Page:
It’s the physical reminder of when Jones, then a high school senior, was shot twice in his English class on May 7, 2019, after leaping from his desk to disarm a classmate threatening to open fire.

Jones says he doesn’t think about the shooting inside the STEM School Highlands Ranch all that often. But when he runs his fingers over those scars, he’s reminded of how blessed he is that he’s still here, that he can run and jump and walk through northern Colombia, preaching the gospel of the Church of Jesus Christ of Latter-day Saints.

“I’ve really come to the conclusion that, as terrible as it was, it’s helped my life,” Jones said. “It has helped me realize what I wanted to do and how much I want to help people.”

It’s been one year since two teenage students attempted to shoot up Jones’s English class. One year since 18-year-old Kendrick Castillo was killed as he tackled a shooter, saving his classmates. One year since Jones and his friend Brendan Bialy joined Castillo to take down the shooter. One year since Jones called his mother as he held down a gunman, telling her that he was bleeding, but otherwise okay.

Read more via The Denver Post.

Court of Appeals affirms convictions in Swan Mountain attempted murder

The Colorado Court of Appeals has affirmed in part the conviction of Tyrus Walter Vanmatre, who is serving a life sentence after luring a man up to Swan Mountain and attempting to murder him with a machete in 2014.

In June of that year, Vanmatre drove victim Jadon Jellis from the Denver area to Summit County along with another juvenile, purportedly to attend a party on Swan Mountain.

As they were hiking up the mountain, Vanmatre and the juvenile stunned Jellis with a Taser. Vanmatre then attacked Jellis with an 18-inch serrated sword, striking him in the face, head and hand. Jellis was able to fend the men off with a knife he brought on the hike, stabbing Vanmatre in the chest. He escaped and was able to flag down a Summit County Sheriff’s Office deputy who was driving by.

Jellis was taken to St. Anthony Summit Medical Center in Frisco before being flown via Flight For Life to a Front Range hospital. Vanmatre, who maintained in trial that he acted in self-defense, was later admitted to the same hospital where he was taken into custody.

In September 2015, Vanmatre was convicted of second-degree attempted murder, first-degree kidnapping, conspiracy to commit kidnapping, first-degree assault, conspiracy to commit assault, menacing with a deadly weapon and reckless endangerment.

In January 2016, Chief Judge Mark Thompson sentenced Vanmatre to life in prison without parole. Vanmatre appealed the conviction, claiming there was insufficient evidence to support kidnapping charges, that statements he made during his police interrogation should have been suppressed, prosecutorial misconduct on the part of the Fifth Judicial District Attorney’s Office and more.

On April 30, the Colorado Court of Appeals largely affirmed Vanmatre’s convictions, according to an opinion penned by Judge Diana Terry.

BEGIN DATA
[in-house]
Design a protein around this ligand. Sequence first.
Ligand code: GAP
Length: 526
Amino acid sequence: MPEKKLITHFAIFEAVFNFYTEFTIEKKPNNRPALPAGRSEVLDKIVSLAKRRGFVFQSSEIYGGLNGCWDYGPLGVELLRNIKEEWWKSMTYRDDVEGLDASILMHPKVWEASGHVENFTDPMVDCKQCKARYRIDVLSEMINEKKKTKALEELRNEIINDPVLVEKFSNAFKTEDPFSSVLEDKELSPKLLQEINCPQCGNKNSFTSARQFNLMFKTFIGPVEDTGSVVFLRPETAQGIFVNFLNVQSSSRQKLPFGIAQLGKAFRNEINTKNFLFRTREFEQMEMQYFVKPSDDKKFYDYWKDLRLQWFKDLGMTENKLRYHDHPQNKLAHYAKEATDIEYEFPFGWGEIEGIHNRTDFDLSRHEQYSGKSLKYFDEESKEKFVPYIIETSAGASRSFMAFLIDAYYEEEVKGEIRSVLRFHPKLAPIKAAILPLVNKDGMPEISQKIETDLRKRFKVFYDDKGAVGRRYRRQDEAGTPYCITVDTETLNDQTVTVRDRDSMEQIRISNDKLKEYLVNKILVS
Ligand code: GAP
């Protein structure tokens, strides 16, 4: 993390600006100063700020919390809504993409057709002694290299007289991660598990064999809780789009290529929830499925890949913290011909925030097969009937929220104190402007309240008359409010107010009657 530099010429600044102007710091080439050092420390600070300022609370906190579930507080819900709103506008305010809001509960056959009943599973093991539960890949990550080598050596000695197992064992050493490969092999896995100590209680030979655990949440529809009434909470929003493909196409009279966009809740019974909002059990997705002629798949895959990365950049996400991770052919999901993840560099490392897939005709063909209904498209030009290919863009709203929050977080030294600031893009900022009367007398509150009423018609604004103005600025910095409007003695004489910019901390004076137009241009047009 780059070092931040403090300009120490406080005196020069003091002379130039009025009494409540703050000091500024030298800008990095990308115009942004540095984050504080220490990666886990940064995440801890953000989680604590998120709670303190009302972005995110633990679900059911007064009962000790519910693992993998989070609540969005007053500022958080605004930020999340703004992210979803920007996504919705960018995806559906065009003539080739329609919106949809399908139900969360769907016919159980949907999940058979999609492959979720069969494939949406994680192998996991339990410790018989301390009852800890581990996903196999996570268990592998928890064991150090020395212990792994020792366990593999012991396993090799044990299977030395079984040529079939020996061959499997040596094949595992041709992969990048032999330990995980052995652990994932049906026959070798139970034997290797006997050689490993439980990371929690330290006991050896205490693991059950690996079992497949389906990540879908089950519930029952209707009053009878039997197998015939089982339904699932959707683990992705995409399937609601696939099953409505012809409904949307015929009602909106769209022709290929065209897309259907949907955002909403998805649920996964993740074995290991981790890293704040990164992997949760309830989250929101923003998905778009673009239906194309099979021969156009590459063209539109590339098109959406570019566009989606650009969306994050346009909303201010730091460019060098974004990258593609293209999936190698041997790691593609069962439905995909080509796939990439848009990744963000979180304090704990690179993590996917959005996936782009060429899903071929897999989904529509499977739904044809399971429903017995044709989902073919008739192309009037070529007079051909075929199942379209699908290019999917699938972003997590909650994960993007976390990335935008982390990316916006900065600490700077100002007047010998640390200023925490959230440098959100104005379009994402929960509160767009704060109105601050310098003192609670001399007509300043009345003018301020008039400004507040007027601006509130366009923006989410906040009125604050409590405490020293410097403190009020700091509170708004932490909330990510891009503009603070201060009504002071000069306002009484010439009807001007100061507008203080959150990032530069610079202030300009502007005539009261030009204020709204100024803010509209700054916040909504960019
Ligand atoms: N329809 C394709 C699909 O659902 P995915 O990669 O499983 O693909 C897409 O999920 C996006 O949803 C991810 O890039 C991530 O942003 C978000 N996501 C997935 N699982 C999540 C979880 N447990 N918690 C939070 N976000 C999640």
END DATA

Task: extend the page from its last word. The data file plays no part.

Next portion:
In his appeal, Vanmatre contended there was not sufficient evidence to support a conviction of kidnapping and conspiracy to commit kidnapping, charges that require an individual to demand something from the victim to secure their release. The court ruled that there was sufficient evidence to support the claim.

Vanmatre also contended the court should have suppressed statements he made during his police interrogation at his trial. Police conducted their initial interview with Vanmatre while he was still at the hospital, where he chose to waive his Miranda rights — essentially a law that “prohibits the admission of incriminating statements” made during police interviews unless the defendant has been advised of the rights and waived them.

Vanmatre argued that his waiver of rights wasn’t valid, noting that he was under the influence of pain medication and was suffering discomfort from his injuries. He also said that he was confused and “not aware of what’s going on right now” at the beginning of the interrogation.

The court found that Vanmatre’s waiver of rights was valid, saying that police properly advised him of his rights in person and in writing and that Vanmatre verbally acknowledged his decision and initialed a Miranda advisement form saying he wanted to waive his rights. The court also found that “no evidence supports his contention that medications or his physical condition caused his waiver to be involuntary” and called his confusion “feigned.”

Additionally, Vanmatre said he asked to speak to an attorney while the recorder was off, a statement contradicted by police. He also said that police threatened to charge his mother with a crime if he didn’t say what police wanted.

The court wasn’t persuaded, noting that “the trial court did not find that testimony credible, and we see nothing in the record that causes us to question that finding.”

In the appeal, Vanmatre also argued that he should be granted a new trial because of misconduct on behalf of the District Attorney’s Office, saying during closing arguments that prosecutors referenced facts not entered into evidence, misstated the law and voiced opinions on his credibility.

Ultimately, the Court of Appeals found no prosecutorial misconduct.

Finally, Vanmatre argued that the two conspiracy convictions should have been merged, a point conceded by prosecutors. Vanmatre’s convictions on the two conspiracy charges were vacated and remanded back to trial court to be merged. The court affirmed all of Vanmatre’s other convictions.